Non-traditional work situations, like part-time or freelance jobs and working from home, lend more opportunity for schedule flexibility. Little, for instance, has worked for decades for an organization, Wisconsin Right to Life, that is adoption-supportive. Her role lets her work from home, and the child- and adoption-friendly atmosphere has allowed her to travel with her daughters to whatever outside tasks and events her job requires. Through this work, her family has gained an “incredible extended family that stretches from our little village in Northern Wisconsin to the southern part of our state and beyond that to Washington, D.C., with tentacles reaching into all 50 states” that have lent home and career support in addition to flexibility.[44]

When financial stability depends on traditional full-time occupation, one could discuss schedule accommodations and family-friendly benefits with their employer in preparation for the hard work of parenting. In her case, Morrison credits the “huge amount of flexibility” in her previous and current employment positions—before as a pediatric occupational therapist, now as founder and executive director at a non-profit for vulnerable children in China—for enabling her to adopt and support her large family.[45]

To gauge the plausibility of melding one’s current career with parenthood, it may help prospective single parents to calculate the hours they spend working, commuting, and sleeping and add to that daily or weekly breakdown the hours they expect to spend performing routine parenting activities, like cooking and cleaning.[46] Other expenses to hypothetically account for are additional services to ease the transition and facilitate the development of an adopted child. For open private domestic or foster care adoptions, visitation days will be another consideration.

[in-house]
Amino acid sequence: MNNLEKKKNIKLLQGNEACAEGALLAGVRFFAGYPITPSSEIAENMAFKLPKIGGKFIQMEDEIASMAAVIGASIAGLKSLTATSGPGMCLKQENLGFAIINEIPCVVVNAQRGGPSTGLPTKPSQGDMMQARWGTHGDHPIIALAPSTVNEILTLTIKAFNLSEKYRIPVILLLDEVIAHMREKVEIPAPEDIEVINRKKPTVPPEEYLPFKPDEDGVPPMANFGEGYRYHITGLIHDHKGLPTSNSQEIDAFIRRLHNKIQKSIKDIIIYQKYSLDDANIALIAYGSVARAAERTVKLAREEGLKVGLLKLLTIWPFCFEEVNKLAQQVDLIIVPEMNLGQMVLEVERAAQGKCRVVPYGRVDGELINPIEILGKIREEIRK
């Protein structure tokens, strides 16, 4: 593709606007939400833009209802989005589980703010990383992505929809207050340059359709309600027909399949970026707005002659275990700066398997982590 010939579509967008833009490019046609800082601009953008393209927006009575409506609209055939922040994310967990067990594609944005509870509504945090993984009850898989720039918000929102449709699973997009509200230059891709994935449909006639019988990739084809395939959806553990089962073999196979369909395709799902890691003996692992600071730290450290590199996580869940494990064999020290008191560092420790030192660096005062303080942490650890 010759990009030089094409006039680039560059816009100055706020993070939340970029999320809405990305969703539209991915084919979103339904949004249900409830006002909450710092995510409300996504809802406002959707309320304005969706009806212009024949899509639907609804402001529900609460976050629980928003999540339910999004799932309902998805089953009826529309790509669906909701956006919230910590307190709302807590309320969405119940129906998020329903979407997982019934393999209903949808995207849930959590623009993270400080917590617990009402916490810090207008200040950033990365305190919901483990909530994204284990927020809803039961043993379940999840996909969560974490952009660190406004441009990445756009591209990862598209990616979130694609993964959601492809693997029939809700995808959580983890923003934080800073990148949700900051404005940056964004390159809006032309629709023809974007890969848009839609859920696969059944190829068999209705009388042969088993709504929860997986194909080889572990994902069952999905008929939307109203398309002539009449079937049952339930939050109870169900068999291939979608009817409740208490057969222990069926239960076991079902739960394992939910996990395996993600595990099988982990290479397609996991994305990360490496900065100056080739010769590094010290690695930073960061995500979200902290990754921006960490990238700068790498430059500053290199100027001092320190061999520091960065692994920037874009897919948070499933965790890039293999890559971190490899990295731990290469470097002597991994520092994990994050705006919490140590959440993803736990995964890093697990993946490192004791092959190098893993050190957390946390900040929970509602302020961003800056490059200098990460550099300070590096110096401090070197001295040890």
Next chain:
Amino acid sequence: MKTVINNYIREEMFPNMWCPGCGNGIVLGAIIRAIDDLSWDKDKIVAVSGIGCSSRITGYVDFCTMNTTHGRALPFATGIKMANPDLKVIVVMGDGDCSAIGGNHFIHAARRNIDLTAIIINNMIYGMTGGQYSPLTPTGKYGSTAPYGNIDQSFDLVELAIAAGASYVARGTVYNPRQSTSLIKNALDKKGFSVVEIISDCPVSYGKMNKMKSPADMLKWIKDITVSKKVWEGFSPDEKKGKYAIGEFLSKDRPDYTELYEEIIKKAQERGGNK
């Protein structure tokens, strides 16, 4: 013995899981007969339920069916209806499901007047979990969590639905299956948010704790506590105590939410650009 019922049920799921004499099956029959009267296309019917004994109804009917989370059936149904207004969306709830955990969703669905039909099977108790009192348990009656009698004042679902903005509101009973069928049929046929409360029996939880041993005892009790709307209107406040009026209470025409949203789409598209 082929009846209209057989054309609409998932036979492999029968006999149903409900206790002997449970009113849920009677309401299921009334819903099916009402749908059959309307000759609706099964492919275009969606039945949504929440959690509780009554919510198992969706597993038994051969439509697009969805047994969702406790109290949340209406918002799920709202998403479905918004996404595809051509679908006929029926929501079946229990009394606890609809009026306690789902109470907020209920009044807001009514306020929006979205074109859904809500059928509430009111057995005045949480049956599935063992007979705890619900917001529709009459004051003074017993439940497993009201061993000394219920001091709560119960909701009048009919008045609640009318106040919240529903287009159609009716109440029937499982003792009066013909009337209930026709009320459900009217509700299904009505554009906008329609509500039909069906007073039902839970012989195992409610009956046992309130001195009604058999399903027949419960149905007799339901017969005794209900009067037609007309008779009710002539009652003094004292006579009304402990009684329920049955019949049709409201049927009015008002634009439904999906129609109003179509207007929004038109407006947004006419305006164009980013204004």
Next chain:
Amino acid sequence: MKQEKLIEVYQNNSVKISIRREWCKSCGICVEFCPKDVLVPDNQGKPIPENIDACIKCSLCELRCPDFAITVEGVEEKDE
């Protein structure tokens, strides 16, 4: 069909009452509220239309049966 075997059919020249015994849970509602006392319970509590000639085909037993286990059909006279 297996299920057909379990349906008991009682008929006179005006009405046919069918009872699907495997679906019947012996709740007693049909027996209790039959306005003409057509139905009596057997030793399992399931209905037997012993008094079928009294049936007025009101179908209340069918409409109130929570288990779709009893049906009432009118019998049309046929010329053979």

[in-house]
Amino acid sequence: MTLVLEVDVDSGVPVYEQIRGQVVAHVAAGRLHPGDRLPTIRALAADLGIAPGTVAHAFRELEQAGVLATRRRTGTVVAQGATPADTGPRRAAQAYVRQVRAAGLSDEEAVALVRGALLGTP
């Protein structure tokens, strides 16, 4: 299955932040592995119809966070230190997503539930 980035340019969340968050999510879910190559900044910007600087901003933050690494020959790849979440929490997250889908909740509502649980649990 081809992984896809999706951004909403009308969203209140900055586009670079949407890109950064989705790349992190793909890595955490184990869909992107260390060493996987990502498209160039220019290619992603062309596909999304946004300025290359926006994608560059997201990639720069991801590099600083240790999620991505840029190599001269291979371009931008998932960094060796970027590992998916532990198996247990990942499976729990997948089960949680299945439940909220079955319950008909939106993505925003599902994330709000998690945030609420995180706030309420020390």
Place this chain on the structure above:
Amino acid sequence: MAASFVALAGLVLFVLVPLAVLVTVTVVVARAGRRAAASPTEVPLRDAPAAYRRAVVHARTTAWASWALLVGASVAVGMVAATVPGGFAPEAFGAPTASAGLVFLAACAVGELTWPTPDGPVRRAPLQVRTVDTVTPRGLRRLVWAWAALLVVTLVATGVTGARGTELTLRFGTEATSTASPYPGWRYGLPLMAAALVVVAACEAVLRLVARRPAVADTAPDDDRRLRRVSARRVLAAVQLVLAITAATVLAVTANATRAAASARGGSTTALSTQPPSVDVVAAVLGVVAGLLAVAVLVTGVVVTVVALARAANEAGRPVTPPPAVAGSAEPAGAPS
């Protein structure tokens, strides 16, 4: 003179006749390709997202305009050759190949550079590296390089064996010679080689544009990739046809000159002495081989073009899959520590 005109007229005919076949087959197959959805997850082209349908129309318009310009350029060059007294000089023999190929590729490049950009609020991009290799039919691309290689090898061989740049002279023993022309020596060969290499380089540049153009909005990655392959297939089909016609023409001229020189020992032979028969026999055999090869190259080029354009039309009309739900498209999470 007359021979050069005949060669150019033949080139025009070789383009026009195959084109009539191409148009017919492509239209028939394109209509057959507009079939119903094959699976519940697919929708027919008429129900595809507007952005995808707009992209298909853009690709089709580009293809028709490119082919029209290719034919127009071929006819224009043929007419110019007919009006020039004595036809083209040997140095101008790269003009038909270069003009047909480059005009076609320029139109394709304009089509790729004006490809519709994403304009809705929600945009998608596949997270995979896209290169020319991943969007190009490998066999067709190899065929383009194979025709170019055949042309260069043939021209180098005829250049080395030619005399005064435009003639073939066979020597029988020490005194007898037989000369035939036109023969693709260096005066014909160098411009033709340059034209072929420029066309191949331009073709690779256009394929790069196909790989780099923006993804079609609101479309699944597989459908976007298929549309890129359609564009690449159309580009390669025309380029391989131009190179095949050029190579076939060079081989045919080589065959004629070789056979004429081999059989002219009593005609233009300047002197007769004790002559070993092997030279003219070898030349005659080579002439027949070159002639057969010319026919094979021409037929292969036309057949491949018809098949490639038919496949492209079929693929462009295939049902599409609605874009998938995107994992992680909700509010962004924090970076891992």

As time passes, an adoptive parent may have to change the trajectory of their work life to accommodate the needs of their child(ren), as Yoder did when her clan grew with the addition of foster and adopted youth who presented with significant medical needs. After working part-time on and off, babysitting, and engaging in other work-from-home options, she shifted to full-time foster care, with adoption stipends and med-level foster care rates providing the primary income for her family.

Beyond these circumstance-specific considerations, prospective single parents follow the general steps and assessments that apply to everyone pursuing adoption, including adoption training and education, cultural education in the case of transracial adoption, and support system buttressing.[47] The time between application and placement varies depending on, among other factors, whether the prospective parent opts for foster care, intercountry, or private domestic adoption and on the ages and special needs the parent specifies being comfortable handling.